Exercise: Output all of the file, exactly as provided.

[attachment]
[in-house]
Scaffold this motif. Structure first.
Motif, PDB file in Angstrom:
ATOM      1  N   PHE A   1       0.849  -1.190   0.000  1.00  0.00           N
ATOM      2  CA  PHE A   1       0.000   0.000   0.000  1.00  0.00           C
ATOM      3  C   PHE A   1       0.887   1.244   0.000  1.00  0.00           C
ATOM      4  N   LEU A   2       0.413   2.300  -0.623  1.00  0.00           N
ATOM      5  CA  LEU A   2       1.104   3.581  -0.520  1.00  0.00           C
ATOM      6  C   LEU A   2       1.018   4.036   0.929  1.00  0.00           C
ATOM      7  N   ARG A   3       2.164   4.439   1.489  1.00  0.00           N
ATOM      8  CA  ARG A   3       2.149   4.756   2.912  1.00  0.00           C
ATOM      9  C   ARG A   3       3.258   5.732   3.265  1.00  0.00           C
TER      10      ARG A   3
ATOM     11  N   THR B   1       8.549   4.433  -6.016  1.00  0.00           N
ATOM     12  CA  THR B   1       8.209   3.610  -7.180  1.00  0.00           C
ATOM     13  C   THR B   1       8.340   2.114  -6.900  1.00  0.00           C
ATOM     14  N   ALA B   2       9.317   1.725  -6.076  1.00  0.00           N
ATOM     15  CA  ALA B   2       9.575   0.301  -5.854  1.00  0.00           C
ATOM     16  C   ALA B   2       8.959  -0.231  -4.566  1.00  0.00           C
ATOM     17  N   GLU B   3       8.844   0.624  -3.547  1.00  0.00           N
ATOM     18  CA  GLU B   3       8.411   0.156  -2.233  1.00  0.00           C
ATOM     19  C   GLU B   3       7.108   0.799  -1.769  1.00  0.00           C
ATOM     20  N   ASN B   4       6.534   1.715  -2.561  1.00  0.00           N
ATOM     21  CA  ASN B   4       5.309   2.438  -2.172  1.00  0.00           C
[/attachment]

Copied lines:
[in-house]
Scaffold this motif. Structure first.
Motif, PDB file in Angstrom:
ATOM      1  N   PHE A   1       0.849  -1.190   0.000  1.00  0.00           N
ATOM      2  CA  PHE A   1       0.000   0.000   0.000  1.00  0.00           C
ATOM      3  C   PHE A   1       0.887   1.244   0.000  1.00  0.00           C
ATOM      4  N   LEU A   2       0.413   2.300  -0.623  1.00  0.00           N
ATOM      5  CA  LEU A   2       1.104   3.581  -0.520  1.00  0.00           C
ATOM      6  C   LEU A   2       1.018   4.036   0.929  1.00  0.00           C
ATOM      7  N   ARG A   3       2.164   4.439   1.489  1.00  0.00           N
ATOM      8  CA  ARG A   3       2.149   4.756   2.912  1.00  0.00           C
ATOM      9  C   ARG A   3       3.258   5.732   3.265  1.00  0.00           C
TER      10      ARG A   3
ATOM     11  N   THR B   1       8.549   4.433  -6.016  1.00  0.00           N
ATOM     12  CA  THR B   1       8.209   3.610  -7.180  1.00  0.00           C
ATOM     13  C   THR B   1       8.340   2.114  -6.900  1.00  0.00           C
ATOM     14  N   ALA B   2       9.317   1.725  -6.076  1.00  0.00           N
ATOM     15  CA  ALA B   2       9.575   0.301  -5.854  1.00  0.00           C
ATOM     16  C   ALA B   2       8.959  -0.231  -4.566  1.00  0.00           C
ATOM     17  N   GLU B   3       8.844   0.624  -3.547  1.00  0.00           N
ATOM     18  CA  GLU B   3       8.411   0.156  -2.233  1.00  0.00           C
ATOM     19  C   GLU B   3       7.108   0.799  -1.769  1.00  0.00           C
ATOM     20  N   ASN B   4       6.534   1.715  -2.561  1.00  0.00           N
ATOM     21  CA  ASN B   4       5.309   2.438  -2.172  1.00  0.00           C